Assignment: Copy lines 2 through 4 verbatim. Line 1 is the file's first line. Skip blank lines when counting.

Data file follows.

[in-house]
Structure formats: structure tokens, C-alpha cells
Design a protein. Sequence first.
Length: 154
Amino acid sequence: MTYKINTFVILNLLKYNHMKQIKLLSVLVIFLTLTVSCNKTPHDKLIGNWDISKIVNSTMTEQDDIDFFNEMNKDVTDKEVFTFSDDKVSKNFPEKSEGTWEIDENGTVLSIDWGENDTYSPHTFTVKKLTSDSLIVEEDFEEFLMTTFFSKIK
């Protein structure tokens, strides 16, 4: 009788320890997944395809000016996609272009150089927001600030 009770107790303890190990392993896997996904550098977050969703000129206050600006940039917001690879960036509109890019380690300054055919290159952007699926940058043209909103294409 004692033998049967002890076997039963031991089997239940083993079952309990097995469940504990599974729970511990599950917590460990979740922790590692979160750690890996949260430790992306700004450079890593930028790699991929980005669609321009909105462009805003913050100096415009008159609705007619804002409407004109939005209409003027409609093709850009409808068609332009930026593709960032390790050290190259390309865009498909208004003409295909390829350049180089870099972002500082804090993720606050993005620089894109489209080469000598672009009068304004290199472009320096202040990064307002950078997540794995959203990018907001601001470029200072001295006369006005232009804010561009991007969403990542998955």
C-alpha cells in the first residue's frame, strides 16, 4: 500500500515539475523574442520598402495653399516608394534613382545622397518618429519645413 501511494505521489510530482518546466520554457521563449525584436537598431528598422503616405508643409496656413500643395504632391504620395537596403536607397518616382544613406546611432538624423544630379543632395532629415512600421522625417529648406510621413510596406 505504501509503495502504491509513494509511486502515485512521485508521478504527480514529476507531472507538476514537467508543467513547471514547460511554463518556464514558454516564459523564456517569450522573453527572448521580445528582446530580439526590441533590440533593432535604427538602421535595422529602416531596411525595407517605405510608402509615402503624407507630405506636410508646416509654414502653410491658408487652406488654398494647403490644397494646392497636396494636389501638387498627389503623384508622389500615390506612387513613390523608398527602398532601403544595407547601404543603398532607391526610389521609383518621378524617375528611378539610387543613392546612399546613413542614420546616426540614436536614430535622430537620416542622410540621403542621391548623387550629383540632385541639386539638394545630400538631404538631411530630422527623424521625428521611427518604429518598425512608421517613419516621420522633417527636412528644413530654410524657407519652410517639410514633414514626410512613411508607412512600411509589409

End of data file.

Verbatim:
Structure formats: structure tokens, C-alpha cells
Design a protein. Sequence first.
Length: 154